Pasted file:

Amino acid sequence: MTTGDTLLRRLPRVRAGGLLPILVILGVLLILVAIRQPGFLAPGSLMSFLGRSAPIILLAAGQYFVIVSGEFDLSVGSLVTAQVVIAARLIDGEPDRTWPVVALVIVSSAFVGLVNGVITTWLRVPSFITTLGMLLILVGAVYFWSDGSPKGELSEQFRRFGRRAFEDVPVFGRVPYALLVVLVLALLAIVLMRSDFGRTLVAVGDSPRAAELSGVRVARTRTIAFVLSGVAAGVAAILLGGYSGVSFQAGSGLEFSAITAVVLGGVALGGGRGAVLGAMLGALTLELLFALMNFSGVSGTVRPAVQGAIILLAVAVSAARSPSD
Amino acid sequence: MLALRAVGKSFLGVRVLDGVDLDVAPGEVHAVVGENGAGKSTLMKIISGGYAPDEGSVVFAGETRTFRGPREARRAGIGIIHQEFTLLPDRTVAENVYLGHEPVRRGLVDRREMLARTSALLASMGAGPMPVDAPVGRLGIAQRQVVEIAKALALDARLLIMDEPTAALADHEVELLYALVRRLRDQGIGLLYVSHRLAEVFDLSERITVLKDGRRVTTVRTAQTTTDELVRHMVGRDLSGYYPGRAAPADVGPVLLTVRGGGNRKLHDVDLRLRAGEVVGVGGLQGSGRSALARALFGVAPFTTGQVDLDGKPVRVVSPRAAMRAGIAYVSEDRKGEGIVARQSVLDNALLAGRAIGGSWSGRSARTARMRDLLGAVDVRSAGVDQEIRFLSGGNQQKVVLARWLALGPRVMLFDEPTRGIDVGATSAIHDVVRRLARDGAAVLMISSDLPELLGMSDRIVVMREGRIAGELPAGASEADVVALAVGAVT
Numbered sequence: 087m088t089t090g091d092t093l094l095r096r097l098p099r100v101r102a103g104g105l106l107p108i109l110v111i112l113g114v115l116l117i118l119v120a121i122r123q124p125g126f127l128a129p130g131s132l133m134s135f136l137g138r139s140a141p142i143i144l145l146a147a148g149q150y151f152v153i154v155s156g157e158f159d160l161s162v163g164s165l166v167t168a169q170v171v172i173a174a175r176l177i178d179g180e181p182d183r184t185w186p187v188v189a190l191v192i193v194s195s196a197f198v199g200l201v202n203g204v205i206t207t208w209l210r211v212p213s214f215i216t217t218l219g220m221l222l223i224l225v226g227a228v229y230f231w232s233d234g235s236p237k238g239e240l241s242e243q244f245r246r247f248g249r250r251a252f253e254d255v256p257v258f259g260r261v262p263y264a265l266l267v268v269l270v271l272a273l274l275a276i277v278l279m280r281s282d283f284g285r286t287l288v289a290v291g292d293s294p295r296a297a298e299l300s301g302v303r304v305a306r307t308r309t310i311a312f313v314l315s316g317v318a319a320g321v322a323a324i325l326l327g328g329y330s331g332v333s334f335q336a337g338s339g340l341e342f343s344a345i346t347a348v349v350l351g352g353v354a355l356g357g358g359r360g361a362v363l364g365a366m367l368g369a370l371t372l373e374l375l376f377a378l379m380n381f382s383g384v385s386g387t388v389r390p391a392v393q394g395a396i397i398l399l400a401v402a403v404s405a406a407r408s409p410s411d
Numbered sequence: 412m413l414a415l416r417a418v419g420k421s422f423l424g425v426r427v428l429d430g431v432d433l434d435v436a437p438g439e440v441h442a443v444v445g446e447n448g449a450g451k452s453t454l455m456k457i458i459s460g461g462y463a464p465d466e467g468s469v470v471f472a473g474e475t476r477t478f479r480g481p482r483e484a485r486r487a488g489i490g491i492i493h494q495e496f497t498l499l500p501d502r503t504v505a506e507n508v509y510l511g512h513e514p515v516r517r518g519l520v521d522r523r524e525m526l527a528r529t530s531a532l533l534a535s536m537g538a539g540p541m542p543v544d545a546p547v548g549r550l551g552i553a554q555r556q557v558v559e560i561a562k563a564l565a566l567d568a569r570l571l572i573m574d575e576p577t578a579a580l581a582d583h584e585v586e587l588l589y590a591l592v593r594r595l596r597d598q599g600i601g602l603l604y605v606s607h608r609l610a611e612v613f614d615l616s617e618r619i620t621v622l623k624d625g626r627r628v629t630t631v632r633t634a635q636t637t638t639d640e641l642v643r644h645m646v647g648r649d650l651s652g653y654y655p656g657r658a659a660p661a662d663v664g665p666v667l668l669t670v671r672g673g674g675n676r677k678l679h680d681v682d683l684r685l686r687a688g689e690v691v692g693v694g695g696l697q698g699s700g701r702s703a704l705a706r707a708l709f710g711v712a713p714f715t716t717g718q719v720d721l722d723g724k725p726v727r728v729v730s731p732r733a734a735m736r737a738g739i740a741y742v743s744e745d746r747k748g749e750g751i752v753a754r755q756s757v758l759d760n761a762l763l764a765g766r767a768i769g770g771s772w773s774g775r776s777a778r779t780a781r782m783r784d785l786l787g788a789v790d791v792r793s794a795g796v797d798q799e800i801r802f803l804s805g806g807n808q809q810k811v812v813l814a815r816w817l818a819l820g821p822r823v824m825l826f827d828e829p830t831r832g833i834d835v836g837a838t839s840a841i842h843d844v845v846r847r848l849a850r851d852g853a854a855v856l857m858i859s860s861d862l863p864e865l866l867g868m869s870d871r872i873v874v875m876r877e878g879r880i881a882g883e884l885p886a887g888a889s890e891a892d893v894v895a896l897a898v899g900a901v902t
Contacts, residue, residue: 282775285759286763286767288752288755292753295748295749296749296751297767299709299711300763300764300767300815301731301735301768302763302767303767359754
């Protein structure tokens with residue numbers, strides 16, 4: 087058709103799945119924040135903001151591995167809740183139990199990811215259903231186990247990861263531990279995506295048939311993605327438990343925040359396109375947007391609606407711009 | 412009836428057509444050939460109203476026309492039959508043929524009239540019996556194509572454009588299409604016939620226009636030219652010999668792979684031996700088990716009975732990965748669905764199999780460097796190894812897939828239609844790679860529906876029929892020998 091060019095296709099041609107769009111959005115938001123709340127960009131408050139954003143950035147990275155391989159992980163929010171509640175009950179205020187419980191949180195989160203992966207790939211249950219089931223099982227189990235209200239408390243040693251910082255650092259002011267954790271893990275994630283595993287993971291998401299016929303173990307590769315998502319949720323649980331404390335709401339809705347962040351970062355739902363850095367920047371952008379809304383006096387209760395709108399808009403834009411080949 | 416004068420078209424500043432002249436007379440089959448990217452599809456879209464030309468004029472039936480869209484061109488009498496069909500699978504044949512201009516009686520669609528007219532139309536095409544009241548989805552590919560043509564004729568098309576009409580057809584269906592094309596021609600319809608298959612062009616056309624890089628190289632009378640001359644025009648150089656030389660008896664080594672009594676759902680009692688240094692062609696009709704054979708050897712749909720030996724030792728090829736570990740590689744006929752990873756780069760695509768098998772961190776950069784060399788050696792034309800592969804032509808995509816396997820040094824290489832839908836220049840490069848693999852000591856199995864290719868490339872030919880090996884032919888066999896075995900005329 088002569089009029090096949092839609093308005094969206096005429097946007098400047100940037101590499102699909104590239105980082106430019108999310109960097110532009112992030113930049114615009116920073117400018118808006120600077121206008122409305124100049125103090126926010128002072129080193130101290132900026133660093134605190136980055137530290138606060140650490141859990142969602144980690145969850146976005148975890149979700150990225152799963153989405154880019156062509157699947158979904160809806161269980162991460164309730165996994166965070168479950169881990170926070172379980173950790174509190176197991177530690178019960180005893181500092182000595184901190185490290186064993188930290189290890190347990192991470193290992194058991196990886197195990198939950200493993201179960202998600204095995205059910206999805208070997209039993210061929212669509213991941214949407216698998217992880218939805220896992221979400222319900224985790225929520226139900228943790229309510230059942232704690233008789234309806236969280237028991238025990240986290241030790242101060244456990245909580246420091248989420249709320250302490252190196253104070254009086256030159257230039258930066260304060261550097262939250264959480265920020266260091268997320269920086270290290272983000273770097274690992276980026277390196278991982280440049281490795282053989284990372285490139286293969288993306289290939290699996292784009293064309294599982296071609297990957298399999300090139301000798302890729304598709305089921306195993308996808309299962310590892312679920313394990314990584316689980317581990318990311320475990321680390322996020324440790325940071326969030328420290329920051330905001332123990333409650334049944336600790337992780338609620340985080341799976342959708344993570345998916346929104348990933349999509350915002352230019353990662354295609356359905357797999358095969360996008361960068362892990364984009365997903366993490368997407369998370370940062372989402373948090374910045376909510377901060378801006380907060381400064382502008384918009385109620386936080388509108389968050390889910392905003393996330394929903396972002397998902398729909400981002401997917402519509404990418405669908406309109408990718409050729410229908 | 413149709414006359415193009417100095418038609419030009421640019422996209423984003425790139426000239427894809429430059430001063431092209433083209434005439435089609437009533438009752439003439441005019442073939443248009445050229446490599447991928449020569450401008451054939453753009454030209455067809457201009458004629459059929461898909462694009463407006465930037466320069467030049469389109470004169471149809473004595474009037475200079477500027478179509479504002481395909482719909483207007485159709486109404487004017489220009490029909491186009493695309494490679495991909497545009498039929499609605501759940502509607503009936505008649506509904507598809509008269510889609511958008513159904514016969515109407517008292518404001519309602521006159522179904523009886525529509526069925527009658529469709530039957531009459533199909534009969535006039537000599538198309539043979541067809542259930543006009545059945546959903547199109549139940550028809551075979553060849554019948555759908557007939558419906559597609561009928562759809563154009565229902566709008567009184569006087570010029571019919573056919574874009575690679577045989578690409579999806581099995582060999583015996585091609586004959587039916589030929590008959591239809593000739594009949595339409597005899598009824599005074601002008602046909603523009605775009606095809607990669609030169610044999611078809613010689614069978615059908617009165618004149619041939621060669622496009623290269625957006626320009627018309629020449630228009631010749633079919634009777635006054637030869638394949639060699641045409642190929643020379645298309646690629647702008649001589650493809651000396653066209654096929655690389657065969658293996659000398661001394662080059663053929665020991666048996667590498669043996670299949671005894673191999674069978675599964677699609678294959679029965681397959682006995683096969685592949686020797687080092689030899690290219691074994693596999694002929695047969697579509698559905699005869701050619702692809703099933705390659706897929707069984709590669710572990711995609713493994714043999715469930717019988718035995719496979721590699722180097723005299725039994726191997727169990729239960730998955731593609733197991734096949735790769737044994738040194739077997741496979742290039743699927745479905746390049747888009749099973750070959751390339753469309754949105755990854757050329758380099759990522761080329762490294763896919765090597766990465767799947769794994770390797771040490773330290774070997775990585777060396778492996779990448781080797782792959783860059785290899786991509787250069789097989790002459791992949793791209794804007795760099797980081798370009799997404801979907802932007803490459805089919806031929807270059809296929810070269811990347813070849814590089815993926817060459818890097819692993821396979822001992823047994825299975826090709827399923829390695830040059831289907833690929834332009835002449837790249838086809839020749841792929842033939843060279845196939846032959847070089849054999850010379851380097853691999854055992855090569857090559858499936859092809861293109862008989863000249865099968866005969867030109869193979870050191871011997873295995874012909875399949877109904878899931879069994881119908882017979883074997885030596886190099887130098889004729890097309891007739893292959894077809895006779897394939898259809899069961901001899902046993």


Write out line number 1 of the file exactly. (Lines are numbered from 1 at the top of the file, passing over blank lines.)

Amino acid sequence: MTTGDTLLRRLPRVRAGGLLPILVILGVLLILVAIRQPGFLAPGSLMSFLGRSAPIILLAAGQYFVIVSGEFDLSVGSLVTAQVVIAARLIDGEPDRTWPVVALVIVSSAFVGLVNGVITTWLRVPSFITTLGMLLILVGAVYFWSDGSPKGELSEQFRRFGRRAFEDVPVFGRVPYALLVVLVLALLAIVLMRSDFGRTLVAVGDSPRAAELSGVRVARTRTIAFVLSGVAAGVAAILLGGYSGVSFQAGSGLEFSAITAVVLGGVALGGGRGAVLGAMLGALTLELLFALMNFSGVSGTVRPAVQGAIILLAVAVSAARSPSD